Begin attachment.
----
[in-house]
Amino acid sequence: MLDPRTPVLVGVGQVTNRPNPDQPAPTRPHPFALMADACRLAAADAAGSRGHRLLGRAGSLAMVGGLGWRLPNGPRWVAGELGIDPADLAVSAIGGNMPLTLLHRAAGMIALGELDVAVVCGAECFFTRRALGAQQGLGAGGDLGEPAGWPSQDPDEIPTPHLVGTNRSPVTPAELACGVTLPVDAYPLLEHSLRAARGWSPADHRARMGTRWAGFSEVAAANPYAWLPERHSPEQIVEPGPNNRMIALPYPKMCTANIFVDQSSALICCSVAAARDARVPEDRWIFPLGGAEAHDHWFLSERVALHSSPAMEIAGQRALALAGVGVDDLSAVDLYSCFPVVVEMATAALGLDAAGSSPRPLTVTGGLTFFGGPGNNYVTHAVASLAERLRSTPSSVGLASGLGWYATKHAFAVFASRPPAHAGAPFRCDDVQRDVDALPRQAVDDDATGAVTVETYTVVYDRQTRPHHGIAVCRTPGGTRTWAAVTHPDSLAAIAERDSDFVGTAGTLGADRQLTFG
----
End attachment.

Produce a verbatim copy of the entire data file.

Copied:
[in-house]
Amino acid sequence: MLDPRTPVLVGVGQVTNRPNPDQPAPTRPHPFALMADACRLAAADAAGSRGHRLLGRAGSLAMVGGLGWRLPNGPRWVAGELGIDPADLAVSAIGGNMPLTLLHRAAGMIALGELDVAVVCGAECFFTRRALGAQQGLGAGGDLGEPAGWPSQDPDEIPTPHLVGTNRSPVTPAELACGVTLPVDAYPLLEHSLRAARGWSPADHRARMGTRWAGFSEVAAANPYAWLPERHSPEQIVEPGPNNRMIALPYPKMCTANIFVDQSSALICCSVAAARDARVPEDRWIFPLGGAEAHDHWFLSERVALHSSPAMEIAGQRALALAGVGVDDLSAVDLYSCFPVVVEMATAALGLDAAGSSPRPLTVTGGLTFFGGPGNNYVTHAVASLAERLRSTPSSVGLASGLGWYATKHAFAVFASRPPAHAGAPFRCDDVQRDVDALPRQAVDDDATGAVTVETYTVVYDRQTRPHHGIAVCRTPGGTRTWAAVTHPDSLAAIAERDSDFVGTAGTLGADRQLTFG